WORLD: MEDIA ANALYSIS - Glamour establishes its style message in Europe's markets

The Italians started it, now Glamour is growing all over Europe, Anna Griffiths says.

There is a bulge in women's handbags across Europe. Glamour, the style magazine that has taken the UK market by storm, is conquering Europe and being copied by rivals everywhere. The simple idea of a portable magazine with a lower price has given its publisher, Conde Nast, much to smile about.

Although Glamour was originally a US title, it is thanks to its Italian cousin that is has found a comfortable market niche in which to flourish.

Italy first launched Glamour in 1995, but it bore very little resemblance to what it represents today. It was founded in the ashes of Per Lei (meaning "for her"), which was ailing in the Italian market. Glamour did not perform so well at first either, so Conde Nast Italy did some research into its size and price.

In 1998, a smaller format was tested and the price was reduced. Massimo Perrino, Conde Nast Italy's vice-president of consumer marketing, explains: "It worked very well and we had a three-fold increase in sales in the areas where we reduced the size, so we understood that this was the breakthrough we needed." In January 2000, Glamour in Italy became handbag-sized. In the glossies market last year, it was the biggest circulating title with an average sale of 260,600 copies a month and it has grown by almost 9 per cent in the past year.

Perrino believes three main factors have assured Glamour's success: "We have been working through market research on improving our content and monitoring to check if our changes were appreciated by readers, so we ended up with the best editorial mix. Then there is the advantage of the smaller size. Thirdly, the price makes it much more appealing to a broader audience."

Since the revelation in Italy, Glamour has launched in the UK, Germany, Greece. Spain and Poland, where it has been equally successful. In Germany, after initially launching as a monthly title in 2001, the magazine increased its frequency to fortnightly in March this year. Conde Nast Germany was still a fairly small company when Glamour first launched and it felt that it would be too risky to go fortnightly immediately. However, the company soon realised it had hit the right note.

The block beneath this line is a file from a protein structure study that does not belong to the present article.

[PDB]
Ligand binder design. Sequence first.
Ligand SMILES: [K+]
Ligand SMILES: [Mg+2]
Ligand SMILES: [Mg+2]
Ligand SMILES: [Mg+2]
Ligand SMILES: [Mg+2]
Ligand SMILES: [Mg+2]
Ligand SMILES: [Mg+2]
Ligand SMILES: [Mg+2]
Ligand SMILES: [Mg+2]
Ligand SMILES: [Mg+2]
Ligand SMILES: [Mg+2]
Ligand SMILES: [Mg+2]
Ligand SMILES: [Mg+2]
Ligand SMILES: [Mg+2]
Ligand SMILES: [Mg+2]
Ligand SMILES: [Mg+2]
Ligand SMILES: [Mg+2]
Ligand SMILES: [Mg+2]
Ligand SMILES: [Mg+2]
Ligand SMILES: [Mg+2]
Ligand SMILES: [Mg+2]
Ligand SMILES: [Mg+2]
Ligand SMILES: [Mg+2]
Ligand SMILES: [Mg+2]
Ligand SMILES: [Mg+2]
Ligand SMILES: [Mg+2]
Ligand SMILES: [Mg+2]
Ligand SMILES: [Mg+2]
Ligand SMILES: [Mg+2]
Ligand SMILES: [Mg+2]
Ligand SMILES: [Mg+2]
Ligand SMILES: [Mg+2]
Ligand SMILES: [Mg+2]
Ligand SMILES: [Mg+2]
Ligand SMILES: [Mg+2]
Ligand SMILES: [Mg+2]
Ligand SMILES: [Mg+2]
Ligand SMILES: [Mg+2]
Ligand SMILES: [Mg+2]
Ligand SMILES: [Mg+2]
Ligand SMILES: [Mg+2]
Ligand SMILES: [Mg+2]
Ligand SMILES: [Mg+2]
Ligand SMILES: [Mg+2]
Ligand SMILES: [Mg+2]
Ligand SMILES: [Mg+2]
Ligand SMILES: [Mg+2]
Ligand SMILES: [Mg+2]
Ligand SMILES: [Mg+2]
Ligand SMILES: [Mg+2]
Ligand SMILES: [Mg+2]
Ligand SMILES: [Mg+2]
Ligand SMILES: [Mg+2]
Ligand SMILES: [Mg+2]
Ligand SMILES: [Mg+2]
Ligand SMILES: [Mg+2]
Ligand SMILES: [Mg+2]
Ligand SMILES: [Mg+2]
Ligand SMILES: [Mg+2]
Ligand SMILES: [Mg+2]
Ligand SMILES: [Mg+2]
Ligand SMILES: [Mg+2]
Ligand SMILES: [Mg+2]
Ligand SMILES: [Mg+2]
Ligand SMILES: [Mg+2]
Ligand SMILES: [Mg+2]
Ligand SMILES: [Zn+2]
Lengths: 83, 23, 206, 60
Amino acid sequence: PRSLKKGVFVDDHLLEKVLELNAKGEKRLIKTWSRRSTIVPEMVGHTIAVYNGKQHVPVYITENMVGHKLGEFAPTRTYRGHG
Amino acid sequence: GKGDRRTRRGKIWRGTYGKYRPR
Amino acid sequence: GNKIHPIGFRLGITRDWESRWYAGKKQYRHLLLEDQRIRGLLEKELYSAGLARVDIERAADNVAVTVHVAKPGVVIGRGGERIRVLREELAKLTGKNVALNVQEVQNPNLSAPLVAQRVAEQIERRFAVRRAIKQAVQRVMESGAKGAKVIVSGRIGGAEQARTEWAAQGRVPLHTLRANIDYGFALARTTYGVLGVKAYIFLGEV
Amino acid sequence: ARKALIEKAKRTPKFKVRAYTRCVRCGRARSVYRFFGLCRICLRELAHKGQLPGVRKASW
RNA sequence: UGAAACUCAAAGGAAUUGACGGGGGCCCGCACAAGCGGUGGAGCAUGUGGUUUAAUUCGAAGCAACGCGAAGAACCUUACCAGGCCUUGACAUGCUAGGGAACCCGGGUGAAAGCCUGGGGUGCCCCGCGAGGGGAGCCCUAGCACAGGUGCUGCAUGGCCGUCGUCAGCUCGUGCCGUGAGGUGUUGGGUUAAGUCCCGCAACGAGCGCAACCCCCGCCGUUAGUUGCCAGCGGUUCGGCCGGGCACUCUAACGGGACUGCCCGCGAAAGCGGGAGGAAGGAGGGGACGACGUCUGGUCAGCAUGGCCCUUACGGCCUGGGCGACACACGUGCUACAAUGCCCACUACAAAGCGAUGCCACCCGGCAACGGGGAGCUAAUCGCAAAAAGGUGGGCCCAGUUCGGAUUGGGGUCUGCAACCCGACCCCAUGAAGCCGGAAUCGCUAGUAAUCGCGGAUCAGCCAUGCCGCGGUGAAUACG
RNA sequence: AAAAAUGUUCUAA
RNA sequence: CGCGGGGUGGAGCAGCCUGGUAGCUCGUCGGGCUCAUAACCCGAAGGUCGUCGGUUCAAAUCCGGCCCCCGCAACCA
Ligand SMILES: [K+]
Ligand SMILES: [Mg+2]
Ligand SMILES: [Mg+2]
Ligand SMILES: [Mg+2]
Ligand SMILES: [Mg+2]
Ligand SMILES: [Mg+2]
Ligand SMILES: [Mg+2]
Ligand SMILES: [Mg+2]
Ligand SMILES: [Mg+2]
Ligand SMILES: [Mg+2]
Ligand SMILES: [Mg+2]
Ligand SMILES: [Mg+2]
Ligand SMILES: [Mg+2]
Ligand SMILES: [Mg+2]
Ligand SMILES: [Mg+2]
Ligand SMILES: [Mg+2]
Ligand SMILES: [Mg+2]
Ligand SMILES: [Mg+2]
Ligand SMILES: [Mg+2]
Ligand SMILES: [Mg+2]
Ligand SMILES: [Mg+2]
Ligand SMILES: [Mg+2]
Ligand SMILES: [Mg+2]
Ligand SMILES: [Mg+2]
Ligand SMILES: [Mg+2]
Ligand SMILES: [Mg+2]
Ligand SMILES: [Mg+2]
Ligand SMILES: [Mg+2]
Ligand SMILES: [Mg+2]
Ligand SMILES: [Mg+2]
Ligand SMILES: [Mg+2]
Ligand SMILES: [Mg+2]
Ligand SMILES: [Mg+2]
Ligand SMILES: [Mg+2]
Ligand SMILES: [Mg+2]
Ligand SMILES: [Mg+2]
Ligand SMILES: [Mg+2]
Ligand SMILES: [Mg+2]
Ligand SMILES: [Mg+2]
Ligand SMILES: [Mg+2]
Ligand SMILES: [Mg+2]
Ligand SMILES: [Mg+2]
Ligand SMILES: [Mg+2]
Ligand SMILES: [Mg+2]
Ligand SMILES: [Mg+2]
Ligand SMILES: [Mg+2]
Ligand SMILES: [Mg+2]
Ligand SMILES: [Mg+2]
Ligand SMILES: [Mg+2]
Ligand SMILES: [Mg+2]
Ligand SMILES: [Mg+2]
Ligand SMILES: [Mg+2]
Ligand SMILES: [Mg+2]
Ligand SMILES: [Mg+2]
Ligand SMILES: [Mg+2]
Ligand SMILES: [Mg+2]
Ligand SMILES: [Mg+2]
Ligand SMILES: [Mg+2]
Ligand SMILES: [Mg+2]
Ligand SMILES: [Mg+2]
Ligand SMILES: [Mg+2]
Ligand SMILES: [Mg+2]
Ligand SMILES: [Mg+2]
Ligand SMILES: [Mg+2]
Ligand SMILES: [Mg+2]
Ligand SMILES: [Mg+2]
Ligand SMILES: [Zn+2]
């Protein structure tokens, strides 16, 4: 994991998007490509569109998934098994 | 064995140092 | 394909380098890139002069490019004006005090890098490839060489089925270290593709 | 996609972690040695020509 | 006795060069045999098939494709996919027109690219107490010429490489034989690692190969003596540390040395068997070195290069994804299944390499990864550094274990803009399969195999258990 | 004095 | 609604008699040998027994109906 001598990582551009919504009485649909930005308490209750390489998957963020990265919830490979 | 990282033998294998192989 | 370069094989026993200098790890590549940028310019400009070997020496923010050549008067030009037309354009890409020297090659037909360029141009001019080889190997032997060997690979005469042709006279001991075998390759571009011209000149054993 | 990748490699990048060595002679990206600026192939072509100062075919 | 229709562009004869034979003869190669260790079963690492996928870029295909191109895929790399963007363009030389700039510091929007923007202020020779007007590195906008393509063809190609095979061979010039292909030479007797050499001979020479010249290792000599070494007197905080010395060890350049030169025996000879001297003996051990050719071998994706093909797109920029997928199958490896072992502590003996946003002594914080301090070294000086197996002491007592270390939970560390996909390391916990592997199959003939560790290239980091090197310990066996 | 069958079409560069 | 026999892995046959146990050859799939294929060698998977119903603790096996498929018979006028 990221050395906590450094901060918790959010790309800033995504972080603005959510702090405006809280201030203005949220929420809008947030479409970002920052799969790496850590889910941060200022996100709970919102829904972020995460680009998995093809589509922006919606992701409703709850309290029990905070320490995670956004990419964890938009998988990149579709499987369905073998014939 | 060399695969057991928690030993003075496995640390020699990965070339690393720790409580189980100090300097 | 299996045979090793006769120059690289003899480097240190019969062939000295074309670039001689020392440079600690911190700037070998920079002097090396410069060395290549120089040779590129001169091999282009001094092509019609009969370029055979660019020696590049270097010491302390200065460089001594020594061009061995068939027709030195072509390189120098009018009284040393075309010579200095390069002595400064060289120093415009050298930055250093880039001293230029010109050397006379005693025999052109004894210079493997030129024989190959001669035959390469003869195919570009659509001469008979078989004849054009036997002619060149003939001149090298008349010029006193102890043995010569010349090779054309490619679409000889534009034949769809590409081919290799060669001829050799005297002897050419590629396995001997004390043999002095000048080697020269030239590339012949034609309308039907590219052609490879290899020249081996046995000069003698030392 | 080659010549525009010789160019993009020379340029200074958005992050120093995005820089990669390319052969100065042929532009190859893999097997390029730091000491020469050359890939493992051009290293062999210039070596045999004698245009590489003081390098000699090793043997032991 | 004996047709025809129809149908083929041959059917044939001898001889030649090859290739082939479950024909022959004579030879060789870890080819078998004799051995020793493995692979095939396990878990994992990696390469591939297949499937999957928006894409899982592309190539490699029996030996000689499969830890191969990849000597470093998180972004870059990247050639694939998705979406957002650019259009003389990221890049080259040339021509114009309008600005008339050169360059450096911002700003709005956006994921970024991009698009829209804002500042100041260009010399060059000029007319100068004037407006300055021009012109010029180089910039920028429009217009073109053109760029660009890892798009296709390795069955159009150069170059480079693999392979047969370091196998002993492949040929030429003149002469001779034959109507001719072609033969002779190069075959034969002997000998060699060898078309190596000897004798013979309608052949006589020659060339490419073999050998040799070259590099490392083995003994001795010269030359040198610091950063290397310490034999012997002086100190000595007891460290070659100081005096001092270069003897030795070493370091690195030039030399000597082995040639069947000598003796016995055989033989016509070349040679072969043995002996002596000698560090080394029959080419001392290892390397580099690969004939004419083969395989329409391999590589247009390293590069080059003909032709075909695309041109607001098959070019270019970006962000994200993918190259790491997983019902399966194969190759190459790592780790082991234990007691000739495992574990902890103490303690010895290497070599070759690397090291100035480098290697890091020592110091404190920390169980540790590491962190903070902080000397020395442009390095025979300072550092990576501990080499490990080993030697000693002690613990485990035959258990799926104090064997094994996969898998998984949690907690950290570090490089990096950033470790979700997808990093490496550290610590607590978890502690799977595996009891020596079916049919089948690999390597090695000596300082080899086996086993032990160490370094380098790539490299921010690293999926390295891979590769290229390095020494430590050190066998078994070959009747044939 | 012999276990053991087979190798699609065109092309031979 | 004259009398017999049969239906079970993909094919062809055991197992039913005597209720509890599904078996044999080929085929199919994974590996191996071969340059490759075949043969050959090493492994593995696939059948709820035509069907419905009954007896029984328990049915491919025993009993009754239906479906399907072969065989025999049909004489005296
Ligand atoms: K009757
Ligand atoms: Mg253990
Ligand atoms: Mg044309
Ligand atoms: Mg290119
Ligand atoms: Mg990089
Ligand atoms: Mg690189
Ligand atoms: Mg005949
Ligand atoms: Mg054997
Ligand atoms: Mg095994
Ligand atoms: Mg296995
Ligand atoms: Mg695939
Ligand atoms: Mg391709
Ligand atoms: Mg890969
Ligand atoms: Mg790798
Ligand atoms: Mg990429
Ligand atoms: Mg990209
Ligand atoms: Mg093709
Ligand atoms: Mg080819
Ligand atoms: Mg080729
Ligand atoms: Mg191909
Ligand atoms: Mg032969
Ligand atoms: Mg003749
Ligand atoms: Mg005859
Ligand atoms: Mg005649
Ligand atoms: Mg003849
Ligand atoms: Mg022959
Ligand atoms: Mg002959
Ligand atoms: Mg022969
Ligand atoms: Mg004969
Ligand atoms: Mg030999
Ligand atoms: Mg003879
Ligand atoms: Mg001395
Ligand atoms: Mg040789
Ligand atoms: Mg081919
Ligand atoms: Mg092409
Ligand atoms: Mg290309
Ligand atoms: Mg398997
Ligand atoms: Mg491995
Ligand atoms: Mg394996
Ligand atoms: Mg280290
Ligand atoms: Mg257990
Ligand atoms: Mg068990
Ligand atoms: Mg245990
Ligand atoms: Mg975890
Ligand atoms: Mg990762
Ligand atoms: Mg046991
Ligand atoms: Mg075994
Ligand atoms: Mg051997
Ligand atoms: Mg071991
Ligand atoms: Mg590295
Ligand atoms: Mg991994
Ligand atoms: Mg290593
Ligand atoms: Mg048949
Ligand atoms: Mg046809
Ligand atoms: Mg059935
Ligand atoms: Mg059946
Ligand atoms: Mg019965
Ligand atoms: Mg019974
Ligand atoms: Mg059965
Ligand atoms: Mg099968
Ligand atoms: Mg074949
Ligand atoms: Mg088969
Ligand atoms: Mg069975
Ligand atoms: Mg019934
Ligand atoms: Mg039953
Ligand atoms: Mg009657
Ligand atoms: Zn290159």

Bernd Runge, the managing director of Conde Nast Germany, says: "We had immediate success, but everyone began to copy us. There were six pocket magazines - some new, some relaunched - within a year-and-a-half of our launch."

Today, Glamour in Germany sells around 450,000 copies every fortnight making it a significant force in the marketplace. It has also been one of the most successful launches in Spanish publishing history, knocking the market leader, Cosmopolitan, from its top perch just three days after launch. The launch issue sold 427,000 on newsstands, compared with Cosmopolitan's six-month average from January to June of 182,000.

Given how many magazines across Europe have scrambled to copy the concept of a handbag-sized magazine, one has to question whether Glamour's success is based on its size alone. James Woolhouse, the director of planning for Conde Nast International and the president of Conde Nast Asia-Pacific, disagrees. "Of course the size and the price have made it stand out in the market, and this positioning corresponds to the needs and expectations of these women. The marketing of the magazine has been crucial - on TV, point of sale and with the newstrade. In the end, though, a magazine stands or falls on its editorial strengths."

Kim Ywanczyszym, a group media manager at MediaCom, believes Glamour has kicked the arrogance of other titles into touch. She believes it broke the mould of magazines, a sector that needed to be shaken up, and understood the idea that women can buy from the high street and accessorise their wardrobe with the odd designer number. She adds: "The format opened itself up to trial, and that's what it has rolled out in different countries. There are few people who read only Glamour, they read it along with other titles."

Talking to publishers in different European countries, it is clear that this fresh editorial tone is something that has worked everywhere, although no international template has been set. Editions launch next year in Russia, France and South Africa and there are discussions about launching in the Czech Republic and Asia.

Despite a growing global presence, Conde Nast has no plans to introduce an advertising package for Glamour which could embrace all of its markets.

Woolhouse says: "There isn't a large amount of evidence to suggest advertisers want this. They tend to operate locally and they value the local one-to-one relationships that we can offer."

EUROPEAN CIRCULATIONS

TITLE CIRCULATION DATE

Italy

Glamour 260,600 2002

Cosmopolitan 202,600 2002

Elle 151,400 2002

Marie Claire 134,200 2002

Spain

Glamour 277,600 Jan-Jun 03

Cosmopolitan 187,200 July-Dec 02

Elle 138,700 July-Dec 02

Marie Claire 107,500 July-Dec 02

Germany

Glamour 539,100 Jan-Jun 03

Joy 490,200 Jan-Jun 03

Cosmopolitan 351,400 Jan-Jun 03

Petra 278,000 Jan-Jun 03

Amica 260,700 Jan-Jun 03

Allegra 233,800 Jan-Jun 03

Greece

Cosmopolitan 89,400 Jan-May 03

Glamour 72,500 Jan-May 03

Poland

Glamour 336,800 Jan-Jun 03

Twoj Styl 272,500 Jan-Jun 03

Cosmopolitan 120,900 Jan-Jun 03

Elle 103,900 Jan-Jun 03

Pani 69,500 Jan-Jun 03

Uroda 65,800 Jan-Jun 03

Source: ABC.

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